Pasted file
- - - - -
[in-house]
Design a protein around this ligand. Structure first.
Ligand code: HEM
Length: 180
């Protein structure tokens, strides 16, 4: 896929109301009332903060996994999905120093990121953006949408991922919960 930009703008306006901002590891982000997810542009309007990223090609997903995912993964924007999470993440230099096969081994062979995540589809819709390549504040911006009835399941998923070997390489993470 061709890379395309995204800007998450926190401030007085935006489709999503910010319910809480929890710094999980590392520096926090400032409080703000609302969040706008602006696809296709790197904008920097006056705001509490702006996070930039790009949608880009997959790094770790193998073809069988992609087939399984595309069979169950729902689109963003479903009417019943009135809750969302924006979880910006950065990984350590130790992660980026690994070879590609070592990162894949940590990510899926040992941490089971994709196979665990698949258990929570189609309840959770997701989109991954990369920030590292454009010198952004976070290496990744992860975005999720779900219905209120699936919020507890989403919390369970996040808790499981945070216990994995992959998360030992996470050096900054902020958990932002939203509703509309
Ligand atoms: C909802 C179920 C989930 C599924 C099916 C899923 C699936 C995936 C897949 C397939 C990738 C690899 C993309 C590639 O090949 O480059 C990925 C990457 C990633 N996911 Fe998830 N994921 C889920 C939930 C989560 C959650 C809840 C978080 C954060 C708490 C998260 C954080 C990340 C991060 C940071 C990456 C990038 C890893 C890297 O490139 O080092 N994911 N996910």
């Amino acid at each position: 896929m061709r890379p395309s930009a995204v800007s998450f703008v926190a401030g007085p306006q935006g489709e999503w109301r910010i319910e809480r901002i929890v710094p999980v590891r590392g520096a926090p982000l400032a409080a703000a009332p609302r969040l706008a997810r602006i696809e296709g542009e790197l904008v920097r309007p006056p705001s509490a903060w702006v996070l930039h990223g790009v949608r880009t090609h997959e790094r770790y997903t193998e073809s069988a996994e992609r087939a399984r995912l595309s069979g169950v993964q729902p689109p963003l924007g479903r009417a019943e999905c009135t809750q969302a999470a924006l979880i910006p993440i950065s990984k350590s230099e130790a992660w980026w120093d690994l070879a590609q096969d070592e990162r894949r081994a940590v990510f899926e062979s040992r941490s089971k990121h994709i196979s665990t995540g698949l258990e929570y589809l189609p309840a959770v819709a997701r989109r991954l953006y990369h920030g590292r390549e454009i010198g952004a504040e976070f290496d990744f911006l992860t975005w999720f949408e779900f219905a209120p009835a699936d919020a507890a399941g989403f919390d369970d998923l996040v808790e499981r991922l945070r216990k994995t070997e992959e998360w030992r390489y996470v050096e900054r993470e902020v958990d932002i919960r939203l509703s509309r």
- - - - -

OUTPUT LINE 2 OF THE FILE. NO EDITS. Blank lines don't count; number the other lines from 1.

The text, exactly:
Design a protein around this ligand. Structure first.